The figure below shows the latest COVID-19 virus genetic typing data released by the CDC in the United States on March 25th. As can be seen from the figure, the XBB1.5 subtype accounts for an absolute majority (>88%), while the proportion of other subtypes is very low.

Source: https://covid.cdc.gov/covid-data-tracker/#variant-proportions

If there are no major changes in the pandemic situation, the United States is expected to declare the end of the COVID-19 pandemic in May this year, and the WHO may also announce the end of the COVID-19 pandemic emergency status by the end of this year. This is what we are looking forward to!

Is it still necessary to get vaccinated against COVID-19?

Recently (in February 2023), a survey of Canadian Chinese by CNIW showed that although the two-dose vaccine has been available for a long time, only about 30% of adults have received it, and less than 30% of those who have not received it plan to get vaccinated. The incidence of COVID-19 has now dropped significantly, which also means that the opportunity for exposure and infection has decreased significantly. According to data from Canada in February 2023, more than 80% of the population has received at least two doses of the vaccine (see the figure below).

https://www.cbc.ca/news/canada/track-how-many-people-have-been-given-the-covid-19-vaccine-across-canada-1.5870573

In addition, although there is no accurate data, it is estimated that at least 50% of the population has been infected before. This indicates that most Canadians have varying degrees of immunity to the current circulating strains of COVID-19.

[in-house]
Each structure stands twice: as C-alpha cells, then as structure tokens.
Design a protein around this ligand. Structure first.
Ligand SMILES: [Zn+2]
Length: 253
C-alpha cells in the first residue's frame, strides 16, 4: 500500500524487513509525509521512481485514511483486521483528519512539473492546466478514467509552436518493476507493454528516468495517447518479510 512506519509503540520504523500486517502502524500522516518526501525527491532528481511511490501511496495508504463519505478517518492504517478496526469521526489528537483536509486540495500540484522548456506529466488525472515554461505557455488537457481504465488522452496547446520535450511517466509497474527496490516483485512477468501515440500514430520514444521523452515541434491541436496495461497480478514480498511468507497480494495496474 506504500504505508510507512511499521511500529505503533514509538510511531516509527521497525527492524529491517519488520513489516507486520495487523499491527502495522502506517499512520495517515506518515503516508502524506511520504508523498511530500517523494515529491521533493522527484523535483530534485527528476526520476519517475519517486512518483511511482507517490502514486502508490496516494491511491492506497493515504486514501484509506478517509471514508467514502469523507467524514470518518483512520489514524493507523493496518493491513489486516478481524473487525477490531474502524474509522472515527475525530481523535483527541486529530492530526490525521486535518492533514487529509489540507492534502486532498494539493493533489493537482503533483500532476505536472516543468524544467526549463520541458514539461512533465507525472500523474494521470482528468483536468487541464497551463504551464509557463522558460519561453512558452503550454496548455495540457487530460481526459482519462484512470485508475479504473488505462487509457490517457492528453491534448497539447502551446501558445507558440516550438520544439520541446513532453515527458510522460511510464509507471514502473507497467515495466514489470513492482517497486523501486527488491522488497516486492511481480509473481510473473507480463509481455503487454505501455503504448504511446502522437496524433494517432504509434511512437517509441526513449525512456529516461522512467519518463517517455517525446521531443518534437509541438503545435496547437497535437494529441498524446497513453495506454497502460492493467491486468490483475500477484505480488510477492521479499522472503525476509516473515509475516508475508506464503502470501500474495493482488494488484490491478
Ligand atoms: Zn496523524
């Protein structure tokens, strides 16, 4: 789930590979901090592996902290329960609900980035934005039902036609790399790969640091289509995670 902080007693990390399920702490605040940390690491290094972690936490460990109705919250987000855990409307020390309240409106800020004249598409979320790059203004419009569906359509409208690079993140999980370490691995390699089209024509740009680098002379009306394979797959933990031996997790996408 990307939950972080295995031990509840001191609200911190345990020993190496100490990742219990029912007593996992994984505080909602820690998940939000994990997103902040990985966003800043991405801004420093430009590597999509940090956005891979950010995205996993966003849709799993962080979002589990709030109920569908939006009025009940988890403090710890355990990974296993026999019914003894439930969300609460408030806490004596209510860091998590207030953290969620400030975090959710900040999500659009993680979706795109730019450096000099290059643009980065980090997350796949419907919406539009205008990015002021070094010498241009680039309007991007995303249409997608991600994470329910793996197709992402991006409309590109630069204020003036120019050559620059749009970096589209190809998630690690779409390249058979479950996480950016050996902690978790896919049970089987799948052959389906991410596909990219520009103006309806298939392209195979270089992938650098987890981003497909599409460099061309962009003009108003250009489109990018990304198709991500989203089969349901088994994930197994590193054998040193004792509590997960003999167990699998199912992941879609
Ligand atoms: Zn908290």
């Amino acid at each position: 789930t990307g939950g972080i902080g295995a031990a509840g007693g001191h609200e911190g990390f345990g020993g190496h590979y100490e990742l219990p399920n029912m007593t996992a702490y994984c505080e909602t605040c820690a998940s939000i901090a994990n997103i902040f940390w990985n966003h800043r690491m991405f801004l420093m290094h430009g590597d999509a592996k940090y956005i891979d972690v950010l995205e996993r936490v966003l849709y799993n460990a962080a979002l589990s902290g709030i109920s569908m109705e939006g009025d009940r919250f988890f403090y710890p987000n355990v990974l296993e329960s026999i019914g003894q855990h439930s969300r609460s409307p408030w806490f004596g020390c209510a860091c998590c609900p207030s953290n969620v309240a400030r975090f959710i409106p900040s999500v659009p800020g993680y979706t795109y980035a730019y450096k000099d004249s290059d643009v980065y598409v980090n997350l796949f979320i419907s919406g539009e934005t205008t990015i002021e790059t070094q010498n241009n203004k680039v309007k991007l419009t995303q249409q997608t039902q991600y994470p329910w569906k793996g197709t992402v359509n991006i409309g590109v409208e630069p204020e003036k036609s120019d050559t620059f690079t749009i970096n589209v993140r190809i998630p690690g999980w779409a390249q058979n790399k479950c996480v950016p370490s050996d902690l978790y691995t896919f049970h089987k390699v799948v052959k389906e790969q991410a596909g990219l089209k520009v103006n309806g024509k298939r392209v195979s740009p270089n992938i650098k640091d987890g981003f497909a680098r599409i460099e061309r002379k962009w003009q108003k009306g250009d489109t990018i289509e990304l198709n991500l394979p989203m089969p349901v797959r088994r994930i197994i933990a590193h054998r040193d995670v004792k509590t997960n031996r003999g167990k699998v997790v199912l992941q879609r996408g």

It is may be true that, for most people, COVID-19 has become a tolerable threat, even comparable to the flu. Especially for many young people, infection with COVID-19 may only be a minor inconvenience or mild illness, and may not pose significant risk.

But for older adults and immunocompromised people, this virus still poses a serious risk. In the United States, about 200-300 people still die every day from COVID-related causes, while in Canada the number is about 20-30, and the vast majority of them are adults over the age of 70 and people who are medically frail or have impaired immune systems. The following graph shows the 7-day moving average of COVID-related deaths in the United States (green line) and Canada since November 2021.